BU CAS CS 320
Concepts of Programming Languages
Semester: Fall 2004
Concepts of Programming Languages is a course that introduces
students to some fundamental concepts in programming language design and
implementation. The primary goal is to allow students who complete this
subject to have a good feel for the elements of style and aesthetics
of programming and a good command of the major techniques for controlling
complexity in a large system.
The programming language Scheme, a dialect of Lisp that we use in this
course, is an attempt to bring together the power and elegance of List
and Algol. From Lisp we take the metalinguistic power that derives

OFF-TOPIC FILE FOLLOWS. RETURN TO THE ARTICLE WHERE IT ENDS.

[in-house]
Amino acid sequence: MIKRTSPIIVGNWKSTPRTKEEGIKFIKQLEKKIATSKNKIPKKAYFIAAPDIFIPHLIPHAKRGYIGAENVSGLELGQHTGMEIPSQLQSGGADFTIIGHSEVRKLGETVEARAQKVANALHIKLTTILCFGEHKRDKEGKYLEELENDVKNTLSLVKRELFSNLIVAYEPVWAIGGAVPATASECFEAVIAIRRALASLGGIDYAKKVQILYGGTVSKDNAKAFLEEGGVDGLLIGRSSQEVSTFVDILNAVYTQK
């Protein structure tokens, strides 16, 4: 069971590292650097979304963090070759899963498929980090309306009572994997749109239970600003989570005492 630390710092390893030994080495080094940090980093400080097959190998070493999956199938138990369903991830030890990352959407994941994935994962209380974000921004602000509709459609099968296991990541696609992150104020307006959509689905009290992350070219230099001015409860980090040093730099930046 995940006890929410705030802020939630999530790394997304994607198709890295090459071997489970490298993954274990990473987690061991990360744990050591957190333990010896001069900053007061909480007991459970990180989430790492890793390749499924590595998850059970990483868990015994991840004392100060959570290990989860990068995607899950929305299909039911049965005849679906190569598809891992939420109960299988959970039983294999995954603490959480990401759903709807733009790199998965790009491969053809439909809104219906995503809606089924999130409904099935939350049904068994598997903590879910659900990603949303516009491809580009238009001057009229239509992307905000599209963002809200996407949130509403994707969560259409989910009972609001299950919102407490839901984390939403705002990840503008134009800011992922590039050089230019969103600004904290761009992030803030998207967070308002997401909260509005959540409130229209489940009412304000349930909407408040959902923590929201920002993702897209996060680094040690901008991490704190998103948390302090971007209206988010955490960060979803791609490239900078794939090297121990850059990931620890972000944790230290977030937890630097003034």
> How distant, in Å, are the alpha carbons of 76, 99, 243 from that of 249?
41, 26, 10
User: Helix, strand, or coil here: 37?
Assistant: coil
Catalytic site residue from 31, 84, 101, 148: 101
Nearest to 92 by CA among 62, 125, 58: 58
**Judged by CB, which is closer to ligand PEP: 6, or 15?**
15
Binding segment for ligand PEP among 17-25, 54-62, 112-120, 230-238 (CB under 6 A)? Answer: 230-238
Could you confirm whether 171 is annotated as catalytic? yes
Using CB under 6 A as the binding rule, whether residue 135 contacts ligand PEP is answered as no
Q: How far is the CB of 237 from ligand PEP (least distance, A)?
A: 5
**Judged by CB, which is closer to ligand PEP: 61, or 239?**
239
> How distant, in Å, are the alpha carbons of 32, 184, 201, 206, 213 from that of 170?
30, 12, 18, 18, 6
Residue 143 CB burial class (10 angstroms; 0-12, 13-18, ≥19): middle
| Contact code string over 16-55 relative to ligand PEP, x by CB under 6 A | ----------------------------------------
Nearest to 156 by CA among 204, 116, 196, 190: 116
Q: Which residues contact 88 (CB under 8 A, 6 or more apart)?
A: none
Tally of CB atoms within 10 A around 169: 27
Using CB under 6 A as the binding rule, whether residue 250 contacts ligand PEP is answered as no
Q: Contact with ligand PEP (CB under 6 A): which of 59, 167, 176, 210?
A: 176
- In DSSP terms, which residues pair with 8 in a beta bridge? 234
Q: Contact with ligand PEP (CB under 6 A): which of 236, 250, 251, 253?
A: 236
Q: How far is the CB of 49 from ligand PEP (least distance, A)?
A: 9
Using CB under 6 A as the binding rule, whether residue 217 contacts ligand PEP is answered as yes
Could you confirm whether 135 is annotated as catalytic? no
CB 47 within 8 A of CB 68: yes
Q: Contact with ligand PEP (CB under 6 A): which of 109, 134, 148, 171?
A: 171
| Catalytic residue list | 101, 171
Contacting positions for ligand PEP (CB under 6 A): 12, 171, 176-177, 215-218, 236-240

from the simple syntax, the uniform representation of programs as data
objects, and the systematic management of heap-allocated data. From
Algol we take lexical scoping and block structure.
Standard ML (SML) is a functional programming language that makes extensive
use of types in capturing programming invariants. We are to explain how
datatypes in SML can be employed to conveniently model data structures and
how pattern matching can facilitate programming with datatypes. Also, we
are to make use of the module system of SML in the construction of
(relatively) large programs.
Ultimately, we would like to make a convincing argument that programming
can be a great of deal fun.